A strengths perspective on social accountability : informing citizen and state action for improved services and development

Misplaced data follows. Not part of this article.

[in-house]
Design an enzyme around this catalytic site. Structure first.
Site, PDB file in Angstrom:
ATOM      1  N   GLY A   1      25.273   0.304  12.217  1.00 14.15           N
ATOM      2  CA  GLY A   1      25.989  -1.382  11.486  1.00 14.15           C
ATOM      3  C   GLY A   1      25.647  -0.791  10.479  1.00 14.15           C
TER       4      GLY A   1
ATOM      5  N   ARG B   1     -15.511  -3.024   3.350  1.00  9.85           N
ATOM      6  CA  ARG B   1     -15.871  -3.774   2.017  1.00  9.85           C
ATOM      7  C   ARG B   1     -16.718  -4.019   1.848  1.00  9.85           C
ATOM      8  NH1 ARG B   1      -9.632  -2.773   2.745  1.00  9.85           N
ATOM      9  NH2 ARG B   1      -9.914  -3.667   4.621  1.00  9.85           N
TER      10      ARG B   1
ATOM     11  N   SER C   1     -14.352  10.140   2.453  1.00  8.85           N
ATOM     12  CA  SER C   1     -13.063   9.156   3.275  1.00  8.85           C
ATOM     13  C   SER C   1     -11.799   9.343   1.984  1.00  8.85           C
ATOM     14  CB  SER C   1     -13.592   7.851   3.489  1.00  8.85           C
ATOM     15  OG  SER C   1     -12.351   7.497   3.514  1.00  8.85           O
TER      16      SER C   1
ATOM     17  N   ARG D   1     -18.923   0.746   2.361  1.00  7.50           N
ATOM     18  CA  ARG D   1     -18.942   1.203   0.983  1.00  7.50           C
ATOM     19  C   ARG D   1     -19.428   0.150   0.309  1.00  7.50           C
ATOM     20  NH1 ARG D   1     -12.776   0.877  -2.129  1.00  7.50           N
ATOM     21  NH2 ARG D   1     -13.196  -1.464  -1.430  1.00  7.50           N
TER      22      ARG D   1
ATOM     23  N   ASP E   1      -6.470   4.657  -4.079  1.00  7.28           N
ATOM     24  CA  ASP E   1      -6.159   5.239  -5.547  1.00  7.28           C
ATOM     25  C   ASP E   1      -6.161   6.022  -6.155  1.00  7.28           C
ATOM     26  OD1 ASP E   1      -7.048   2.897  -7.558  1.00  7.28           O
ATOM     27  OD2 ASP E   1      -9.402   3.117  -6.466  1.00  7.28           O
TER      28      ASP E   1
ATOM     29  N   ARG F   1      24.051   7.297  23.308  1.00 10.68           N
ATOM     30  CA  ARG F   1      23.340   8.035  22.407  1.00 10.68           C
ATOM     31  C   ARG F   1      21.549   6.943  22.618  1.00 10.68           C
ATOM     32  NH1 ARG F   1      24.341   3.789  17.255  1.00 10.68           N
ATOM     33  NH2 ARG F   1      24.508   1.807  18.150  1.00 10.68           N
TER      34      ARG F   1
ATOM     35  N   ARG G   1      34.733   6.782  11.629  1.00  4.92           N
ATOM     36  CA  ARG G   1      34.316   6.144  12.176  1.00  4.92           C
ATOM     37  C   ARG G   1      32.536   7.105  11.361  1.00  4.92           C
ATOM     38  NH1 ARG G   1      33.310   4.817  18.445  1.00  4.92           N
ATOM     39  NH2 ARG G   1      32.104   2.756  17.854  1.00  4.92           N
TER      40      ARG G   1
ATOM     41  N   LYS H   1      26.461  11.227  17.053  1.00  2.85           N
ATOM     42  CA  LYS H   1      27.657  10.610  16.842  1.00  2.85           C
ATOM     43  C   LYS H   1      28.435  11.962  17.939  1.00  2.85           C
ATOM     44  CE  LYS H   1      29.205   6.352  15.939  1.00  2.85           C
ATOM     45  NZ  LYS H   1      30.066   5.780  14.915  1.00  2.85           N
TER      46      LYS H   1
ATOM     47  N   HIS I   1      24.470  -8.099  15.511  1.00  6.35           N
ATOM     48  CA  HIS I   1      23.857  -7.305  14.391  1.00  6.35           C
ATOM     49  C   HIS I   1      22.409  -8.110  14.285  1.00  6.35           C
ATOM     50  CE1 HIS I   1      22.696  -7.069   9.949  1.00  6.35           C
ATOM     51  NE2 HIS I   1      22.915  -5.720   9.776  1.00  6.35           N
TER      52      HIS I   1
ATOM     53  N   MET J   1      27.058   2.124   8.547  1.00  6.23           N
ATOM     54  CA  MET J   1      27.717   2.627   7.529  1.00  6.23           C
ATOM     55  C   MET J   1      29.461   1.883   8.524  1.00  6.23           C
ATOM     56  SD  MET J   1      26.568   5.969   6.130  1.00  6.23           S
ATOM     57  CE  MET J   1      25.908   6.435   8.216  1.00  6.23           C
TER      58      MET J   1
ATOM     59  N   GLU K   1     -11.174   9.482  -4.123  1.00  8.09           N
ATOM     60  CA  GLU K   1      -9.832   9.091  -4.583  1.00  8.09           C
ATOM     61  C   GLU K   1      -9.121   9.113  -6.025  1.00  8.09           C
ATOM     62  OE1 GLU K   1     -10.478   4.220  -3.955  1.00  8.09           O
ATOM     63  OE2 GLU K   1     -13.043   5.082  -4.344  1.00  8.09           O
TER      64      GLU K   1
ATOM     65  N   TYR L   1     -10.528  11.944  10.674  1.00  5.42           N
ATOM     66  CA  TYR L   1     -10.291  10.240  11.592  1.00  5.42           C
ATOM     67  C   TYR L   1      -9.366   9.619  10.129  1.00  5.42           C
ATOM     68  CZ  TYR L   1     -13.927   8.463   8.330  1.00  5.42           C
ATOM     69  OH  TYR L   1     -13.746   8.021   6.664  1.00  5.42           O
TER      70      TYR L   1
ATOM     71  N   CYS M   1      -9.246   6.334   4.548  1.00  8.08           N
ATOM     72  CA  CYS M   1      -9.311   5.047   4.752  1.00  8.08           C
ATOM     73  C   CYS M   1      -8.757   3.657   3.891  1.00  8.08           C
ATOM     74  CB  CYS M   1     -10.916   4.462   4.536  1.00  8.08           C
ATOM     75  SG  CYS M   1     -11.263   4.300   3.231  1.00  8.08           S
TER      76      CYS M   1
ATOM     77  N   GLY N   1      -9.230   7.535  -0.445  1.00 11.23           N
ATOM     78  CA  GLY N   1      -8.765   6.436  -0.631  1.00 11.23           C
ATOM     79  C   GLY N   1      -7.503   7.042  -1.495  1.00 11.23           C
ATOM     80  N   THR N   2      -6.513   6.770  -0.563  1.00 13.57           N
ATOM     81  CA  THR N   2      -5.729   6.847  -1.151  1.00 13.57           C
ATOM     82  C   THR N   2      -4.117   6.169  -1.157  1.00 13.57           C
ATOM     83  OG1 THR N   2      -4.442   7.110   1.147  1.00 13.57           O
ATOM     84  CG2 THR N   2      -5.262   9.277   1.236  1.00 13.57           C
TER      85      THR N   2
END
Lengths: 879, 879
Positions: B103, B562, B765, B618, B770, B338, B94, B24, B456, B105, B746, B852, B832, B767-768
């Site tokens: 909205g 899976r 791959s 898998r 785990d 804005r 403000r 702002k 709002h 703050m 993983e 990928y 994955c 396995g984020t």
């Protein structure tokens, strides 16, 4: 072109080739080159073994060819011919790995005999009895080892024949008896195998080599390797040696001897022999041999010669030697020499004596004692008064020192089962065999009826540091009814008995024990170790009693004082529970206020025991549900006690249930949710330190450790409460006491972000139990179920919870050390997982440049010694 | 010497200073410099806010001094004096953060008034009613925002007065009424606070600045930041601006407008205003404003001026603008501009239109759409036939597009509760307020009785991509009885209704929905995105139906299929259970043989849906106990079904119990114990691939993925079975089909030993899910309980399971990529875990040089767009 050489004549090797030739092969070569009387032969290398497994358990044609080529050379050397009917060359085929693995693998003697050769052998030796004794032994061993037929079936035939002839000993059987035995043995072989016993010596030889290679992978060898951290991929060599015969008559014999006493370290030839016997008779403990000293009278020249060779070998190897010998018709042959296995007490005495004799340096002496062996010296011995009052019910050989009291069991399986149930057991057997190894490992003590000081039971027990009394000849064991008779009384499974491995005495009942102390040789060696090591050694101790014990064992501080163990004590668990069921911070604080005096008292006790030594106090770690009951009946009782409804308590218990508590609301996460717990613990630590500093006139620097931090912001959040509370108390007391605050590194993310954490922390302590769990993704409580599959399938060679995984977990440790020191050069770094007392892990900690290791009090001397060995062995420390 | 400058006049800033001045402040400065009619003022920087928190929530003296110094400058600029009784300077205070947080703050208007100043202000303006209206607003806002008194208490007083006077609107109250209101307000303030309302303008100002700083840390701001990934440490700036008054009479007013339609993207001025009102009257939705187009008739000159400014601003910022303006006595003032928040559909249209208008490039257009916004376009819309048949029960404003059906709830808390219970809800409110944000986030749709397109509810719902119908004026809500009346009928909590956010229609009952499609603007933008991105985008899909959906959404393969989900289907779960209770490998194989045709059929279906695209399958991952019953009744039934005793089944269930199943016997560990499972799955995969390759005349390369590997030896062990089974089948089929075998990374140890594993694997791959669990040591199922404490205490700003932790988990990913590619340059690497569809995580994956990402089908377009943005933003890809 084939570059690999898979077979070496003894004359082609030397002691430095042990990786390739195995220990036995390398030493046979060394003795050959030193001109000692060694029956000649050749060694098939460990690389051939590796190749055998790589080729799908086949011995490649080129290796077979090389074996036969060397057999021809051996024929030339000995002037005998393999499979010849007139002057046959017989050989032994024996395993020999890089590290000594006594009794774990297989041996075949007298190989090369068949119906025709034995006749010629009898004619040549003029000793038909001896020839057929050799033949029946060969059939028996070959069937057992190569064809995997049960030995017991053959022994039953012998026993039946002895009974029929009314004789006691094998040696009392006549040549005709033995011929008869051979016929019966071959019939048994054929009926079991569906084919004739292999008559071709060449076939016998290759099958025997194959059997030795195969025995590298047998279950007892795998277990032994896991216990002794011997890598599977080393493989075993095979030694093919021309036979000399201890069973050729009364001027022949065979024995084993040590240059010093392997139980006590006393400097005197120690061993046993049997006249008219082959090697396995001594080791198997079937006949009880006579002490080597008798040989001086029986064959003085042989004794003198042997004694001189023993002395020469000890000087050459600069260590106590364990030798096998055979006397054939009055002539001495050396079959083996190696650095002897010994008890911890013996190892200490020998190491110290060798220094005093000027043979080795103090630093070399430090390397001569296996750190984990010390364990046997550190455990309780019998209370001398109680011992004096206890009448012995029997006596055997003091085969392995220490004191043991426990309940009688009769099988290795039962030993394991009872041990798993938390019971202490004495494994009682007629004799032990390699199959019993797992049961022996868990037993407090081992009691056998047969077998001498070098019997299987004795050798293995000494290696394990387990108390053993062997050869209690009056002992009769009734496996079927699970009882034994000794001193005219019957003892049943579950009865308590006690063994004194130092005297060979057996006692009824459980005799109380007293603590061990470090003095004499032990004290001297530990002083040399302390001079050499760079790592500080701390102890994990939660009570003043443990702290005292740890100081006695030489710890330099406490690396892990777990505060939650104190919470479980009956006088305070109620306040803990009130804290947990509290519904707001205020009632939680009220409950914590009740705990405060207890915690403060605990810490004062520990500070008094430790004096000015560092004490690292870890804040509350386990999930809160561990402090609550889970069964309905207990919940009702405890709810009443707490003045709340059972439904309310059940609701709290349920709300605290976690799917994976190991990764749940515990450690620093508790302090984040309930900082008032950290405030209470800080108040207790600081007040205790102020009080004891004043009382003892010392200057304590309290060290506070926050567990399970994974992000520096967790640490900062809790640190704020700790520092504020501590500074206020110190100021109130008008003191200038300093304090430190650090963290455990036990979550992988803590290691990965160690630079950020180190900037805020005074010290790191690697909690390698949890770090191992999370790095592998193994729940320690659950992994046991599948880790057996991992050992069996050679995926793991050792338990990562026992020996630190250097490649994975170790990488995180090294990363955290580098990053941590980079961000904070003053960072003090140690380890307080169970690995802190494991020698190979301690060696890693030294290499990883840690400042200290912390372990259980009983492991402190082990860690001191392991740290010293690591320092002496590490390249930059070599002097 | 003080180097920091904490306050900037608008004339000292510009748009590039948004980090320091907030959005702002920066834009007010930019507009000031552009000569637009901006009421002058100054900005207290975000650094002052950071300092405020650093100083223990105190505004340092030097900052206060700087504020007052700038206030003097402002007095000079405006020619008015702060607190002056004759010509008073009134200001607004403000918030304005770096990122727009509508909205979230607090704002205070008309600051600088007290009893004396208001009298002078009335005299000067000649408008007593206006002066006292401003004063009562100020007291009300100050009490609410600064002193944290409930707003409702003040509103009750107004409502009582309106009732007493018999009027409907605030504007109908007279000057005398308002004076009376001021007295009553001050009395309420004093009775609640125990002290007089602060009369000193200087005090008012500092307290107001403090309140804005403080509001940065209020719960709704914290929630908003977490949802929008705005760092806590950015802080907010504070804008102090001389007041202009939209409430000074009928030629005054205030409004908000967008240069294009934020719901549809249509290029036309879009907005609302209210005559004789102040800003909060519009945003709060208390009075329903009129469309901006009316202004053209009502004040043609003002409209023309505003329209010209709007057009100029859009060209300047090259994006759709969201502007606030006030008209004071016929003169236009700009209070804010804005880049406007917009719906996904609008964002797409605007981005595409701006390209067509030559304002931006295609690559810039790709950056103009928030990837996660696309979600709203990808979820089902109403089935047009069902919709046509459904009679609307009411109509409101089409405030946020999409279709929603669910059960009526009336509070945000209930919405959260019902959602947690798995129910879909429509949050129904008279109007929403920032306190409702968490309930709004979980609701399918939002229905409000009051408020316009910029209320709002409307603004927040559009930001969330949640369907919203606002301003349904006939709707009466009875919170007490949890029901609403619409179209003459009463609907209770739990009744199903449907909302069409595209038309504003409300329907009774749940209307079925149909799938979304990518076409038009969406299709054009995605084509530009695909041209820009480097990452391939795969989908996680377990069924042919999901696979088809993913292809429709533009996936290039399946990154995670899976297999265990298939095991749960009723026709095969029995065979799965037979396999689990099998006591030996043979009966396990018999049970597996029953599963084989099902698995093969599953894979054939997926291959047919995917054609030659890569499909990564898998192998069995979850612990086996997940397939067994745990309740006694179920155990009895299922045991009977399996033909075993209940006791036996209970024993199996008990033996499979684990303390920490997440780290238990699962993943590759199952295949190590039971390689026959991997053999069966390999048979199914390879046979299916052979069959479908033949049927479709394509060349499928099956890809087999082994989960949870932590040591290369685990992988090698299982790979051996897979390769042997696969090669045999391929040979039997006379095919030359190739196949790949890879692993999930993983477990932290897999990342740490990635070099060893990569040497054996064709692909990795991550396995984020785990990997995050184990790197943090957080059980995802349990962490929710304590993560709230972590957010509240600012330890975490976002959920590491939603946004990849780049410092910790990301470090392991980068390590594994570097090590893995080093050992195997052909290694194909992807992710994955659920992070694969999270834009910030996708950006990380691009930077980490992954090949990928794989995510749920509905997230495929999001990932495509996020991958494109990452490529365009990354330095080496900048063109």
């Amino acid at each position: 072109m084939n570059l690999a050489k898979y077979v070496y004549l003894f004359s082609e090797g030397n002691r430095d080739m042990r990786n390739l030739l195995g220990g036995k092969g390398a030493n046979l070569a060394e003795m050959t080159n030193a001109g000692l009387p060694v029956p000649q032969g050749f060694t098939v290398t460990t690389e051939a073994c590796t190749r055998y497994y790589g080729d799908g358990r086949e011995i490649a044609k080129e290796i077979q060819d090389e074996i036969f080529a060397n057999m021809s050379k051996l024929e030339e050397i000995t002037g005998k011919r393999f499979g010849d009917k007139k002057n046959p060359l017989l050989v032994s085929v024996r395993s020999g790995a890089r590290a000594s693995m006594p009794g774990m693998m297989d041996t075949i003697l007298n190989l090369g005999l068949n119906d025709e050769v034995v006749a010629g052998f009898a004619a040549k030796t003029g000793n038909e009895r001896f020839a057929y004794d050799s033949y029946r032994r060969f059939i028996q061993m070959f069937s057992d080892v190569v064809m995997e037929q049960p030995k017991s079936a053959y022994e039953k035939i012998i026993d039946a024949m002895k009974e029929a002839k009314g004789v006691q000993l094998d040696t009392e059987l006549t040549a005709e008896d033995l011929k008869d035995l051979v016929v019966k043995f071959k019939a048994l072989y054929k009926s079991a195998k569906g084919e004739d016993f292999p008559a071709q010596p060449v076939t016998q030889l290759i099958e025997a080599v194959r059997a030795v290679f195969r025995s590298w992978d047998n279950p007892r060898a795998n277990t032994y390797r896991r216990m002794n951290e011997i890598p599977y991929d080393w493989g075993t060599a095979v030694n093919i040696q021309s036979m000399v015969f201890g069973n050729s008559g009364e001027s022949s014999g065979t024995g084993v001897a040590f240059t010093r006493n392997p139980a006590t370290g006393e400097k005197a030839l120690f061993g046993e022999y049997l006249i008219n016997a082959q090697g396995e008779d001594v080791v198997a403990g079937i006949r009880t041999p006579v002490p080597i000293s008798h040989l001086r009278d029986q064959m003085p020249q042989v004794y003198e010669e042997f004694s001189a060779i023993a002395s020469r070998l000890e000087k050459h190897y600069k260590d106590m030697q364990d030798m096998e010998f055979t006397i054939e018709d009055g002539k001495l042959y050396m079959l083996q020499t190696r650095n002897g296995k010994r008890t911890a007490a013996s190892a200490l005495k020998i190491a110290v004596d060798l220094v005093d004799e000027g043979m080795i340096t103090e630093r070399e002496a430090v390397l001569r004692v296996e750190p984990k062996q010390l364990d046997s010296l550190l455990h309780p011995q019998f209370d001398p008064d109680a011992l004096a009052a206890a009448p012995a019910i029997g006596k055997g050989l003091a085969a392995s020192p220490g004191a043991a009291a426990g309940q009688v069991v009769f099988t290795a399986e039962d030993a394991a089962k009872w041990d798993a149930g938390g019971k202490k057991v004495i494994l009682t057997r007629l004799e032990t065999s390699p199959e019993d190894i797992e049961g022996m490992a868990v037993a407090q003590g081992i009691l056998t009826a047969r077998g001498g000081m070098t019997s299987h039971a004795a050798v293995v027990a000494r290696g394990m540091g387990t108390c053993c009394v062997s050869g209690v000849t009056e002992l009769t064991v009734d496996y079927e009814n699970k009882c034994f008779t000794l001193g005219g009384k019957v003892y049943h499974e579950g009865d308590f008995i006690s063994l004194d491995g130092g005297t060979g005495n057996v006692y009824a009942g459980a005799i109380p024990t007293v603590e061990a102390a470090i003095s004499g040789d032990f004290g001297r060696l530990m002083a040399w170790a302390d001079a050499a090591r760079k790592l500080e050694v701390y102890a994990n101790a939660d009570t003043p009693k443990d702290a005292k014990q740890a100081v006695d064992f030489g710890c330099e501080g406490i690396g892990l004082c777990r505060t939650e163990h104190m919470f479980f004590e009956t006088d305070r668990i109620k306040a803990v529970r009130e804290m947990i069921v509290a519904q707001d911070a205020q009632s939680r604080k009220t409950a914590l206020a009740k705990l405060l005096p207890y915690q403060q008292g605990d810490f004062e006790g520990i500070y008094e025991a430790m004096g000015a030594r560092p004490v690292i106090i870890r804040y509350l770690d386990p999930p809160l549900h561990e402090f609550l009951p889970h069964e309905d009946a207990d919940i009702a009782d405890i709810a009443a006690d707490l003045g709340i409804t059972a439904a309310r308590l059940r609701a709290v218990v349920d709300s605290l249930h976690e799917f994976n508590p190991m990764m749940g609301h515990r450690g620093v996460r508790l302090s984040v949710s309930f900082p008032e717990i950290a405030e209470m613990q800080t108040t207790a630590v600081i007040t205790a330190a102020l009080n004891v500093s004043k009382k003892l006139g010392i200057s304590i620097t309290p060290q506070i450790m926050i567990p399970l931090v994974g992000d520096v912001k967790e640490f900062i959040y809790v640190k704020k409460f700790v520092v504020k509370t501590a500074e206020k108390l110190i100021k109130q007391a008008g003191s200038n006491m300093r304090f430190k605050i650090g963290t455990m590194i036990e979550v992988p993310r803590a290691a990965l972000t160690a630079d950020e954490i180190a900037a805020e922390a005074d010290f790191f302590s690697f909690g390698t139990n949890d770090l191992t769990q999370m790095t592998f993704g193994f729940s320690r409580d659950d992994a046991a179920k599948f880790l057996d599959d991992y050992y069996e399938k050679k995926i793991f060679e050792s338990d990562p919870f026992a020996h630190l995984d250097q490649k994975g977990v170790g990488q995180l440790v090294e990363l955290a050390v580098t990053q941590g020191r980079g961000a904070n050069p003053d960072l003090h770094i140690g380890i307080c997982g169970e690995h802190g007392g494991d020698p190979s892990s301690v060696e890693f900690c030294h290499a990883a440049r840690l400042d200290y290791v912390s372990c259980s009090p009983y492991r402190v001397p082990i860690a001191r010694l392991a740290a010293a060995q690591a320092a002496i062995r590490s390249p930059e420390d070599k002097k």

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Informed by practical knowledge of research participants and theoretical understandings from strengths-based approaches and dialogue literature, this thesis proposes a redescription of social accountability. The research is focused on social accountability, an approach within the field of international development, which seeks to increase citizen participation in demanding accountability from the state. In this thesis the notion of strengths-based change is explored and drawn on to offer explanation of social accountability practice. Citizen Voice and Action (CVA), implemented by an international non-government organisation (INGO), has been used as a case study of social accountability. Data from three sources: learning workshops with INGO staff, case study reports of programs in Uganda and Armenia and interviews with citizens, service providers, local government officials and INGO staff from these two countries, analysed through Grounded Theory, informed the research findings. Action research methodology and an appreciative stance to inquiry framed the research focus. Drawing on experiences of CVA participants, this thesis demonstrates that social accountability practice includes a strengths perspective to creating change. Eight dimensions of change which incorporate a strengths perspective within the practice of CVA are identified. Valuing the presence of strengths, the practice of dialogue and improving relations between citizens and state workers are described as key enablers of change. A review of social accountability literature highlights that more recent understandings of social accountability resonate with the research findings, though don’t offer a complete explanation. Literature on strengths-based approaches, positive psychology and dialogue are explored and are found to provide a theoretical explanation of the experiences of CVA described by the research participants. The research identifies that whilst a strengths perspective is demonstrated in social accountability practice there is an opportunity for this perspective to be further developed. Founded on the practical knowledge of the research participants, theoretical foundations of strengths-based approaches and dialogue, social accountability informed by a strengths perspective is conceptualised. Consideration of how this could work in practice is provided along with implications for the development sector more broadly. This thesis presents the first use of a strengths perspective as a way to explain the practice of social accountability. Based on the practice of CVA revealed in this research and theoretical explanation, the thesis concludes that a strengths perspective is complementary to the practice of social accountability and provides an effective means of transforming citizen–state relationships to support the delivery of quality public services.
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